But the most pioneering part of her career (even if she had “just” been an actress she would be remembered as an icon of the tough wrong-side-of-the-tracks broad with a soft and mushy heart) was when she started directing. It happened early. Like I said: she was talented, but she was also practical. One can almost imagine her thinking Okay, I’m getting older now, not getting as good parts … what next? Many actresses are sunk by the so-called “blackout period” when they hit their 40s. That “blackout period” lasts about 15 years. Nobody wants to see women as they transition into old age, especially an actress whose beautiful youth had been captured on camera so many times. It is not only unfair but infuriating that the culture cannot deal with women’s transition into middle-age, and have no problem with men’s. But again, Lupino felt that reality at work, and made a change. She stepped behind the camera. She worked job to job for a bit, and then formed a production company with her husband. And so after that, we are graced with the gorgeous credit at the start of her films: AN IDA LUPINO PRODUCTION. Hell, yes!


There had been “women directors” since cinema’s earliest age. Not many. Dorothy Arzner was a pioneer in the 1930s, really the only woman behind the camera at that time. She directed the awesome pre-Code film Merrily We Go to Hell (starring Fredric March and Sylvia Sidney.) See it if you can. I reviewed here (unfortunately I lost a ton of pictures on my site with the last WordPress upgrade. Anger.) Shirley Clarke was another pioneer in the 50s. In France, Agnes Varda was starting to work, in deeply experimental films, and of course she became one of the leading lights of the French New Wave (and she’s still directing today). Elaine May was a pioneer in the 70s. Lina Wertmüller. The late Chantal Akerman (it hurts to say “late”). Gillian Armstrong. These women were anomalies at the time. Bold and pushing out the space for women in film. In the 80s, things started to really change. Some of the most influential pop-culture films of that generation were made by women, Fast Times at Ridgemont High, directed by Amy Heckerling, probably the most famous example. Penny Marshall directed gigantic Hollywood smash-hits. Kathryn Bigelow. Nancy Savoca. Jane Campion. Joyce Chopra. Julie Dash. Allison Anders. Barbra Streisand. Nora Ephron. Catherine Breillat. Mary Harron. Julie Taymor. Sofia Coppola (the third female director to be nominated for Best Director. Better late than never, I suppose.) Lisa Chodolenko. Haifaa al-Mansour. Ava DuVernay with Selma.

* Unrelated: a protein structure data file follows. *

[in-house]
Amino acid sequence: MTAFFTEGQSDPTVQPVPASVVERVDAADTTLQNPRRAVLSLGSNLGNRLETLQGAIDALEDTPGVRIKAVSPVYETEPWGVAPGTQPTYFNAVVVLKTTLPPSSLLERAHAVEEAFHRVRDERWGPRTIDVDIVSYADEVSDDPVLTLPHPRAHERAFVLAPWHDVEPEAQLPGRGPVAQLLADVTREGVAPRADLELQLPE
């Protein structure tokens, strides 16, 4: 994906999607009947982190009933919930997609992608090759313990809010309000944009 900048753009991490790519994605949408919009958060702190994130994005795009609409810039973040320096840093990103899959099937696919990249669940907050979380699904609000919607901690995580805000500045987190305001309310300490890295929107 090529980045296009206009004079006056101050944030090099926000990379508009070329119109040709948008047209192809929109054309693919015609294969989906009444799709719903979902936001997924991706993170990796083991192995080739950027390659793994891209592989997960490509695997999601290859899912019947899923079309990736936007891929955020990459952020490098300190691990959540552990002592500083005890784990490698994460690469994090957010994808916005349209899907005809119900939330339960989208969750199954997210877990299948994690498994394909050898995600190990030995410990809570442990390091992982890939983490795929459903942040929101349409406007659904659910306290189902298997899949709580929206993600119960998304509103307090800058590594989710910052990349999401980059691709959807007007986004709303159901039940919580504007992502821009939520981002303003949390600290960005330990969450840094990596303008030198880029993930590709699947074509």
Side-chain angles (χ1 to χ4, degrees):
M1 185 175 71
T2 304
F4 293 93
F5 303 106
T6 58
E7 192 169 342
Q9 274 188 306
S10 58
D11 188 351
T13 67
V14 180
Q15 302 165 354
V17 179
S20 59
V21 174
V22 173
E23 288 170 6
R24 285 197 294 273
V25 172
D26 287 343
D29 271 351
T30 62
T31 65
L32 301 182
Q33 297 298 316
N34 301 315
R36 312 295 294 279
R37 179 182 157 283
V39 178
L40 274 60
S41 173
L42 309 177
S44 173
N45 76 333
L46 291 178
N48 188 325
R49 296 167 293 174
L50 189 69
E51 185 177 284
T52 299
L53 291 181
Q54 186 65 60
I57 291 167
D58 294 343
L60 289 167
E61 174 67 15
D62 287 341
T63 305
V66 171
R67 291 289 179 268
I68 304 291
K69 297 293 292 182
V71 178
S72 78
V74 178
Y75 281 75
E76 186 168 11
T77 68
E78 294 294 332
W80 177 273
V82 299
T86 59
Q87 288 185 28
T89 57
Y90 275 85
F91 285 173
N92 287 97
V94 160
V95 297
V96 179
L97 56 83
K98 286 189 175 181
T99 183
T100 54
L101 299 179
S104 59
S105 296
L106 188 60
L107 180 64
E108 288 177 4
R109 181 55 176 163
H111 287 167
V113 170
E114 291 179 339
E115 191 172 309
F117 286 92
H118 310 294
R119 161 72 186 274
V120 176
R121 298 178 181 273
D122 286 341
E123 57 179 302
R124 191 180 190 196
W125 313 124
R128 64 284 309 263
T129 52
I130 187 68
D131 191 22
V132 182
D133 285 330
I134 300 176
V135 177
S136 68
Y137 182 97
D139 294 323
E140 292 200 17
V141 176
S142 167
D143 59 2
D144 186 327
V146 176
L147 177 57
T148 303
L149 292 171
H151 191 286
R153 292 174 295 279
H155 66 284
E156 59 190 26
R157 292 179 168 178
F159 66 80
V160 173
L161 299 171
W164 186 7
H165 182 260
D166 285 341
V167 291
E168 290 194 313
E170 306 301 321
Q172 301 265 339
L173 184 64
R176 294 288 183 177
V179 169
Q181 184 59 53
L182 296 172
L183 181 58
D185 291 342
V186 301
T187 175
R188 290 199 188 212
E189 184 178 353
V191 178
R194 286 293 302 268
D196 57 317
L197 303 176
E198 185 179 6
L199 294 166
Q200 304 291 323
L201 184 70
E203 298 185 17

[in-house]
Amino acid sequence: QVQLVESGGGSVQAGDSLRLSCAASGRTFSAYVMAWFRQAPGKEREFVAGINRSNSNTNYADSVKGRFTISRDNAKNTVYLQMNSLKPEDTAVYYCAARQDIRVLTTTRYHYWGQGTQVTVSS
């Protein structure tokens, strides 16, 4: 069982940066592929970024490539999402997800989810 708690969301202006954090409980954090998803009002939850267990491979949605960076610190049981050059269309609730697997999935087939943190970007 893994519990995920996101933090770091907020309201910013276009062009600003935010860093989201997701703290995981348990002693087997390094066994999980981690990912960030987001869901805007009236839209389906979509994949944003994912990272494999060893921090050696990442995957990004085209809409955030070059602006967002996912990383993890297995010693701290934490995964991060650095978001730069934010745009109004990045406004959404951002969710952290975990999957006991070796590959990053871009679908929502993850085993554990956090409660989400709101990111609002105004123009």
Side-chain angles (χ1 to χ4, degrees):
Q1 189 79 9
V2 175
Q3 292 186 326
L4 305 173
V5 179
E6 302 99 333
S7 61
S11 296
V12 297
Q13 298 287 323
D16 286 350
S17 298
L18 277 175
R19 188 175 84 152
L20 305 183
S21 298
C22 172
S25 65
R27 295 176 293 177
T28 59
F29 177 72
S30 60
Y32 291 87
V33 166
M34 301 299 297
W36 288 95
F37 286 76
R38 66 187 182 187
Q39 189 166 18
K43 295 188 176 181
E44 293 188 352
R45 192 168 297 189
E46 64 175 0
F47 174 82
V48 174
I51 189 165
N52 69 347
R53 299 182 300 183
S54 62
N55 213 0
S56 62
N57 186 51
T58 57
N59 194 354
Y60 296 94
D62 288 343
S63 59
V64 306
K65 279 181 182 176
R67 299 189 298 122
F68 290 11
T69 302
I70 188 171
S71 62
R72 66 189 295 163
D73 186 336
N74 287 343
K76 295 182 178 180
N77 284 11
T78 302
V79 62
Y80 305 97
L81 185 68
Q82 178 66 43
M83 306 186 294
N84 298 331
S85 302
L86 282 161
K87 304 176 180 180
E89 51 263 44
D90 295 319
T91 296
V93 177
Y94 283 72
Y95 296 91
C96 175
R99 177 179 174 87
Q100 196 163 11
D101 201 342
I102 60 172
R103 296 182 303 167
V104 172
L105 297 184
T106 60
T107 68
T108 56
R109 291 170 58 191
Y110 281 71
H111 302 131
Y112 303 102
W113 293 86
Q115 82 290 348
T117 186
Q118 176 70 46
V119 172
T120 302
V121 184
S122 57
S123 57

Every single one of these directors owe a huge debt to Lupino.

Lupino’s directing career was almost as extensive as her acting career. She did both at the same time. It started by a fluke. A director had dropped out of a project (Lupino had written the script), and she was asked to step in. She did. It was 1949. The film was called Not Wanted and it was about an unwed mother. (Lupino was not scared to take on taboo topics, as Outrage also shows. And she brought a female perspective to them, so missing at that time in Hollywood.) However, Lupino went uncredited as the director of Not Wanted.


Outrage from 1950 portrays a young woman’s experience of PTSD after a violent rape. It’s so ahead of its time that the mind boggles. It’s frank about sexual crime and the debilitating flashbacks that sometimes come with PTSD. One of the most groundbreaking parts of Outrage was something noted by Richard Brody at The New Yorker:

[“Outrage” ] looks intimately, painfully, and analytically at what we now know to call rape culture.

Lupino directed The Bigamist around this time, an interesting film I actually just saw a couple of months ago about a nice guy who … ends up becoming a bigamist. Ida Lupino is in it as well, and Joan Fontaine is in it too. It’s a moody and ambivalent film (the whole thing is on Youtube, FYI).

Lupino directed family melodramas, “issue” pictures. She’s talented with creating a look and feel (the rape scene in Outrage is terrifying). She is most known for 1953’s The Hitch-hiker, a great great film.